Labor Day is observed on the first Monday in September to pay tribute to the contributions and achievements of everyday working families. It is also a powerful reminder of the importance of what can be accomplished when working people have the freedom to come together in a union and have a real voice on the job.
The first Labor Day holiday was celebrated in New York City on Tuesday, September 5, 1882. Following the deaths of 13 workers during the Pullman Strike in June of 1894, President Grover Cleveland made reconciliation with the labor movement a top political priority, and Labor Day become a federal holiday in 1894. While the world and work has changed significantly over the past 130 years (thanks, in part, to union rights on the job!), the need for a collective strength, especially in our ever-changing world and workplaces, is needed now more than ever.
What do Labor Unions and their members fight for?
- Increasing wages
- Raising the standard of living for the working class
- Ensuring safe working conditions
- Increasing benefits for both workers and their families
In addition to building power for working people and advocating for economic justice, being in a union also gives workers a platform to talk about the future of work. For public employees here in Ohio this means not being locked out of conversations on telework and increased safety on the job. This has been especially dire during this pandemic, as employers continue to push back against doing what's right or think they can just throw rules out the window. For union members who have seen the landscape of their workplace change over the past two years and more, a union contract serves as an invaluable tool and guide. The value of a union contract is not only true during the darkest of times but anytime workers are faced with transition or change.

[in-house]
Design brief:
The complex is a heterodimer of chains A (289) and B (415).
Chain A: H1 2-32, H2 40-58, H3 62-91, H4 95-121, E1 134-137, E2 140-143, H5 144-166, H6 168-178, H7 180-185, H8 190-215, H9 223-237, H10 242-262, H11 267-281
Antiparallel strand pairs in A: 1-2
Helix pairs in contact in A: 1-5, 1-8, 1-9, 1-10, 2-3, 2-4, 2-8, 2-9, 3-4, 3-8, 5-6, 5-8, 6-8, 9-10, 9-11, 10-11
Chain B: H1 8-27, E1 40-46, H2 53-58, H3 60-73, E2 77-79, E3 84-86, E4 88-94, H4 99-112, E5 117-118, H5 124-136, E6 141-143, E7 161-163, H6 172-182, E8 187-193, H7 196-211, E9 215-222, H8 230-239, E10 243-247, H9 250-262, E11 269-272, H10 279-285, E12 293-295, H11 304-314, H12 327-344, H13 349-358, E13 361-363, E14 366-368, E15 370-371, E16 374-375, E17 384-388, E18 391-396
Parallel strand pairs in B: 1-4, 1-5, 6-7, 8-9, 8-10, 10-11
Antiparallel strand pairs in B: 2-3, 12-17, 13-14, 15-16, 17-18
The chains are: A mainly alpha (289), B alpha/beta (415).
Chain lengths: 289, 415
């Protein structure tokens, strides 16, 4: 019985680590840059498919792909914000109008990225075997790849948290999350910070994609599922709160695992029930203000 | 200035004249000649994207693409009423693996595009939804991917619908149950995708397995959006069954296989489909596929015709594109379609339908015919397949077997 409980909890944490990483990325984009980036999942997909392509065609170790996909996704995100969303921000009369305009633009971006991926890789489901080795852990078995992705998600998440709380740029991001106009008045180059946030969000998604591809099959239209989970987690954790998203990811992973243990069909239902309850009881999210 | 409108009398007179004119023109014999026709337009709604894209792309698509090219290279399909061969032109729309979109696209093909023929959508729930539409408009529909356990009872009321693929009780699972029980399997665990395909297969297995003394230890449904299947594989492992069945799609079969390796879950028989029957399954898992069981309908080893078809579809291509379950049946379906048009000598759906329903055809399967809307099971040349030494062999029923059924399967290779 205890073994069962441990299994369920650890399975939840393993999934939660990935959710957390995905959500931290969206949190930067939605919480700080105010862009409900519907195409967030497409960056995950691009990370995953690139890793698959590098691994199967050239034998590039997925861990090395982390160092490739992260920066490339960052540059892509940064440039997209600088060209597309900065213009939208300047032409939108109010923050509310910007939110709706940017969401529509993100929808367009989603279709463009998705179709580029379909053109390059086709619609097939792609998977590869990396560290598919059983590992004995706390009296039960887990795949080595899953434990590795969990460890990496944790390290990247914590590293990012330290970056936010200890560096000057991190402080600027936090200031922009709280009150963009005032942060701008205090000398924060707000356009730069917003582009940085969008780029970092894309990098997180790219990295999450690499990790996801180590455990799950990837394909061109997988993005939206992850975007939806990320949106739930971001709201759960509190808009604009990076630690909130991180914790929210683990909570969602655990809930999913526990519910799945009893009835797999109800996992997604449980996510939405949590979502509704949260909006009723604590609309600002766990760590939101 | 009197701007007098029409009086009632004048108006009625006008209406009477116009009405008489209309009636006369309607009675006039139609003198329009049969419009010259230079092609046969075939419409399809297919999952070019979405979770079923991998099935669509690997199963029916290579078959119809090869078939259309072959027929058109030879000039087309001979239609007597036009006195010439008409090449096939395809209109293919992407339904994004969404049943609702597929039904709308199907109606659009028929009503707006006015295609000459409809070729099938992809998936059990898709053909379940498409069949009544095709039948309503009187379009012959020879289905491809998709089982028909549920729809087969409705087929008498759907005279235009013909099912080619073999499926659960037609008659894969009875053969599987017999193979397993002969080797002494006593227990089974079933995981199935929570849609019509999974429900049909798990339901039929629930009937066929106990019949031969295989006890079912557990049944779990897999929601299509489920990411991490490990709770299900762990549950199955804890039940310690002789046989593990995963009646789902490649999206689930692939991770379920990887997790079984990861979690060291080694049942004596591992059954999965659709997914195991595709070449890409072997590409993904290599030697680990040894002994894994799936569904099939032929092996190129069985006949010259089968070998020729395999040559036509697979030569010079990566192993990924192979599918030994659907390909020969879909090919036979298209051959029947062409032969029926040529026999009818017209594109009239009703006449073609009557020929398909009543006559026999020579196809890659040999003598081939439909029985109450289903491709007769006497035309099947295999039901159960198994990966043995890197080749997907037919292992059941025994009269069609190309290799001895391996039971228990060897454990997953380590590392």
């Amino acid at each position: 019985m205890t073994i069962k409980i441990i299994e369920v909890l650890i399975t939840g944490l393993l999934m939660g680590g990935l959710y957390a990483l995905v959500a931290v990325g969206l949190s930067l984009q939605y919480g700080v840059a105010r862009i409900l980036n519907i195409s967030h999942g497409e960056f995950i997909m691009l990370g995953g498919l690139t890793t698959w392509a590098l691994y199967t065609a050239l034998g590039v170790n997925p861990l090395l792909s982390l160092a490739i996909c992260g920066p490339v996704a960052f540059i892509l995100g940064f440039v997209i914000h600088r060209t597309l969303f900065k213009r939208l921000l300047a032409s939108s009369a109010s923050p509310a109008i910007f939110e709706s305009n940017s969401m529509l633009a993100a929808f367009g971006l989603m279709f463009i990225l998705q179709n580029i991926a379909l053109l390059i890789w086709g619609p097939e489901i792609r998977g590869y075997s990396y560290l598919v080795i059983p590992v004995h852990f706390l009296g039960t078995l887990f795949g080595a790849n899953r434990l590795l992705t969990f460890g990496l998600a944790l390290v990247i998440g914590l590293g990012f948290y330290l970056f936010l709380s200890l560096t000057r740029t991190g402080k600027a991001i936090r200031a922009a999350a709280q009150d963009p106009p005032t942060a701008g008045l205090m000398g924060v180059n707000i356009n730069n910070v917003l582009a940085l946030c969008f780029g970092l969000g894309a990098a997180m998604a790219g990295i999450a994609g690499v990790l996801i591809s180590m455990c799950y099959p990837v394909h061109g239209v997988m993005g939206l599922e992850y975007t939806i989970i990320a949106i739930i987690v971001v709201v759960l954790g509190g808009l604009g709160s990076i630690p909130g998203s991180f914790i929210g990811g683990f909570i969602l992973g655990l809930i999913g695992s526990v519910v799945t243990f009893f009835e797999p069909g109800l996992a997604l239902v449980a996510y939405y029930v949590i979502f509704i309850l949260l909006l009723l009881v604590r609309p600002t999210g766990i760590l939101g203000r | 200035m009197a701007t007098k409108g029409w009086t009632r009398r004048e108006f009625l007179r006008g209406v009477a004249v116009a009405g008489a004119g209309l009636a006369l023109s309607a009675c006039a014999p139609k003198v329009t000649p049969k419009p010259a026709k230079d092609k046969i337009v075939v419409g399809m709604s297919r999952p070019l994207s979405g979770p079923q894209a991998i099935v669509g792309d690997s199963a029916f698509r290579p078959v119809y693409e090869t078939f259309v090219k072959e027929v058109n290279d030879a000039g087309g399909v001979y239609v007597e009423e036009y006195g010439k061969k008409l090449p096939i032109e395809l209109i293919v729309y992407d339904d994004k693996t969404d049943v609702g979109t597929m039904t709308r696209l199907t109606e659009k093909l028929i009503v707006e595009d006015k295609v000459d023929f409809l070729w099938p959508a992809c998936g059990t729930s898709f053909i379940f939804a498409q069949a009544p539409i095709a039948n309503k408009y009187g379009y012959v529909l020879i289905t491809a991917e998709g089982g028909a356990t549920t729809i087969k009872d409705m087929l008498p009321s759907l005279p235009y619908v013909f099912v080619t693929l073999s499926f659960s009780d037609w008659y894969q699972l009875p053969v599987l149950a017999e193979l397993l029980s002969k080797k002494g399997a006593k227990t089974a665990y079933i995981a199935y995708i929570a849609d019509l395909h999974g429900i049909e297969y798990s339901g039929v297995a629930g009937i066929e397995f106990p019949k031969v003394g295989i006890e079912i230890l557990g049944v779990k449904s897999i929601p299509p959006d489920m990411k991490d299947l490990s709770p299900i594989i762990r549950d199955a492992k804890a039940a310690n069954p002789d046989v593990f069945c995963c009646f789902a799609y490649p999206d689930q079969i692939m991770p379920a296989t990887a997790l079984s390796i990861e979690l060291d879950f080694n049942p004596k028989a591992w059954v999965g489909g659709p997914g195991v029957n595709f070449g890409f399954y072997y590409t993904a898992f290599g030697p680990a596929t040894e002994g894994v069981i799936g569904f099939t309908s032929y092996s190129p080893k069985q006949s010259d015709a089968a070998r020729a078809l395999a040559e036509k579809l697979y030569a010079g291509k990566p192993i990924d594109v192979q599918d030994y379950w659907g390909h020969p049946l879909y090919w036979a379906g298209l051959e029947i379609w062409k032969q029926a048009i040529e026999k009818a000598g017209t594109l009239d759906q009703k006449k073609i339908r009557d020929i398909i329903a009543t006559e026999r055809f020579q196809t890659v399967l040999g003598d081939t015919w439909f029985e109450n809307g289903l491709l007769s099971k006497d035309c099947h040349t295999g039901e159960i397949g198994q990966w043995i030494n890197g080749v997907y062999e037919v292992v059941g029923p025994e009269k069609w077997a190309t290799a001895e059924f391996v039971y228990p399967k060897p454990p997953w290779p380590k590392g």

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Promoting the Power of the PRO Act this Labor Day
What do unions mean to members across this country? It means having power on the job, and that means earning a fair share for the work we do and taking a stand when we see worker injustices. Millions of working people want—and deserve—the rights and respect that come with a union card, but can't because of outdated labor laws or fear of employer intimidation and threats.
Nearly half of all nonunion workers
—more than 60 million people—
would join a union today if given the chance.
The Protecting the Right to Organize (PRO) Act will finally level the playing field and empower working people. This Labor Day, let's celebrate workers by telling the Senate to pass the PRO Act and return power to the hands of workers. Learn more and take action!